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the Army no longer needs new recruits. Quite frankly, when I joined my regiment 58 years ago, those reasons would have been called "idle excuses".

There are much more fundamental reasons for the shortage of soldiers. First, there were the very drastic cuts brought about by Options for Change. Those cuts hit the infantry and gave morale a severe blow. They led to many units being at full stretch. Full stretch can be accepted for short periods, but it cannot go on for long without affecting morale. Full stretch today is affecting morale.

Morale plays a vital role in the Armed Forces. I believe that the Ministry of Defence has failed fully to recognise that fact. Possibly those who have never served in the Armed Forces find it difficult to appreciate the vital importance of morale. During the last war, when morale was high, soldiers achieved the near impossible. Equally, in peacetime morale acts as a magnet in attracting recruits. It is contagious.

In the past, when unemployment was high, recruiting was comparatively easy. So why is it difficult today? I have already mentioned morale. But there are other reasons. We can turn off the recruiting tap and stop the flow of recruits almost at once, but, turning the tap on again, we find only a trickle comes. The flow of recruits starts again only when the confidence of the general public is restored and they see that a good career is to be had in the Army.

Secondly, today, on leaving school, boys cannot go straight into the Army. No longer is there a junior entry. Those leaving school either get a job or fall back on social security. Having gone down either of those routes, they are reluctant to change their lifestyle to that of a disciplined environment in the Army.

There is also the question of money for recruiting. It is difficult to step up recruiting when financial assistance to the Army is being cut to the bone the whole time. The result is that despite the high priority accorded to recruiting, the resources that are allocated are totally inadequate. Furthermore, money for recruiting should not be standardised, as some regiments recruit in a small area while others cover the whole country, concentrating on various pockets of population here and there. Their expenditure must be different.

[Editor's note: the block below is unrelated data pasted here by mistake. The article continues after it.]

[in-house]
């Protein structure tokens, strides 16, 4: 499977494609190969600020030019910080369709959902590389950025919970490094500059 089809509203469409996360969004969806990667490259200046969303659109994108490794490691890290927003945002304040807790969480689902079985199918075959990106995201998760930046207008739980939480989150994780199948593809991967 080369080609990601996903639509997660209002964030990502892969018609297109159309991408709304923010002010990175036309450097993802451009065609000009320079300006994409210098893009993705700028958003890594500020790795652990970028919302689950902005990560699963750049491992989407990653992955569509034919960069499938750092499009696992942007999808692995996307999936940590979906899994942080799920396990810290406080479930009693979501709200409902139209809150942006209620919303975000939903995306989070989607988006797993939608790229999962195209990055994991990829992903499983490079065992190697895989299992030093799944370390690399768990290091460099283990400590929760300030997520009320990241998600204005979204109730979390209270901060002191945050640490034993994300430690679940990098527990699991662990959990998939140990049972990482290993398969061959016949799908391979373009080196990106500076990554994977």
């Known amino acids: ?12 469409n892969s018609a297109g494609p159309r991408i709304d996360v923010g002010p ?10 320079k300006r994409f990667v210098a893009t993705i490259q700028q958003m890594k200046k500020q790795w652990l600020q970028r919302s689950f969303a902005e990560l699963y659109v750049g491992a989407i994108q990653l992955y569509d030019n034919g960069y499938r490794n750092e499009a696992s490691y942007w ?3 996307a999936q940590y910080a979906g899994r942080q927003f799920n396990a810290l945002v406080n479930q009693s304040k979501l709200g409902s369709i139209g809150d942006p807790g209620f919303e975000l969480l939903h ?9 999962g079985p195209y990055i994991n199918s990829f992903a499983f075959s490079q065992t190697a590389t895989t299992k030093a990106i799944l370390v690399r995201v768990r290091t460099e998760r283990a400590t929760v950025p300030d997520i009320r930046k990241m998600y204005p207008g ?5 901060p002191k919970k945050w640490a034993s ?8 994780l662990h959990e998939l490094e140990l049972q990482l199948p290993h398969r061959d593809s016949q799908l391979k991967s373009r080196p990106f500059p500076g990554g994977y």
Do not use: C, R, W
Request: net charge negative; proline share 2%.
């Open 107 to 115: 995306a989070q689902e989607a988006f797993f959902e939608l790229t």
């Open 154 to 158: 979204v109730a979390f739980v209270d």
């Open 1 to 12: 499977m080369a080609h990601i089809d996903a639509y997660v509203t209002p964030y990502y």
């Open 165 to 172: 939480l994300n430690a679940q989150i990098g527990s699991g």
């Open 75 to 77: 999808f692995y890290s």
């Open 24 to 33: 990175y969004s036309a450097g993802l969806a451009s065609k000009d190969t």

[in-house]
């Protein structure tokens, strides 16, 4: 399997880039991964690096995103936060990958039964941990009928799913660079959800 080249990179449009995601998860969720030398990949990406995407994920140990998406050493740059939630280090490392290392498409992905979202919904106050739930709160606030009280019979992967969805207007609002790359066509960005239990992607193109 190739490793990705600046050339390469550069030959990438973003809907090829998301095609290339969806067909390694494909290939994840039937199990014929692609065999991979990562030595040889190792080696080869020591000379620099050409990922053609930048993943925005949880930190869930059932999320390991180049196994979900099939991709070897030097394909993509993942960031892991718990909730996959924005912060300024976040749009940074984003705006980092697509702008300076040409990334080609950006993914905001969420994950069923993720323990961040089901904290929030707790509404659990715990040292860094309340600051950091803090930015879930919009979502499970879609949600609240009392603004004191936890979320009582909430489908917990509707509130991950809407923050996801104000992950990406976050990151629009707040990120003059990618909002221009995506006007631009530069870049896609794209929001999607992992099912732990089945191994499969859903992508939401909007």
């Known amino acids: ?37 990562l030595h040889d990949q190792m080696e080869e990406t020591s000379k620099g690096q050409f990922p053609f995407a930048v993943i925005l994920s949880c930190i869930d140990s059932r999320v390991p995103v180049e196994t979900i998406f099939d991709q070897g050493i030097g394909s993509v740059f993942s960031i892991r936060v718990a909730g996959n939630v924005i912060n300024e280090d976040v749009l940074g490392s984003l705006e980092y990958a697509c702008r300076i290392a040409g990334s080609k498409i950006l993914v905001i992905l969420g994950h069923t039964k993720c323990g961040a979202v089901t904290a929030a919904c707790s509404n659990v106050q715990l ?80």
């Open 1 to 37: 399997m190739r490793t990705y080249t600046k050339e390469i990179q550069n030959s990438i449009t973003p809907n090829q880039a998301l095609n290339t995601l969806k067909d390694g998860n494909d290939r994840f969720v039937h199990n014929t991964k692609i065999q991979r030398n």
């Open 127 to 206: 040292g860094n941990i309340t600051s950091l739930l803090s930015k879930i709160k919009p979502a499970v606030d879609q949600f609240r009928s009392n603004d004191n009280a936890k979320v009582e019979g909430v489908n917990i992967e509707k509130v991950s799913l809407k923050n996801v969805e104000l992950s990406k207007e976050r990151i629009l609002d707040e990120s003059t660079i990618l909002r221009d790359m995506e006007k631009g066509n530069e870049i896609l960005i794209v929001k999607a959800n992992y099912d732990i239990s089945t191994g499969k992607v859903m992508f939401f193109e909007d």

I find it rather ironical that while the Treasury knife continues to pare down Army expenditure the Ministry of Defence tries to add a sweetener by talking of large expenditure about to be made on equipment. It is no use having equipment without the men to use it. That just does not make sense.

Defence must never be looked on as an activity in decline. We must maintain our Armed Forces up to strength so as not only to defend ourselves but also to enable us to carry out our worldwide commitments. Money spent on keeping our Armed Forces up to strength is one of the best investments for our country, not only in ensuring our defence but also, most importantly, for maintaining standards in civilian life. Standards adopted by men in regiments live on in civilian life, be it a straight back or a straight answer. Those leaving the Army to enter civilian life take with them many qualities such as leadership, loyalty,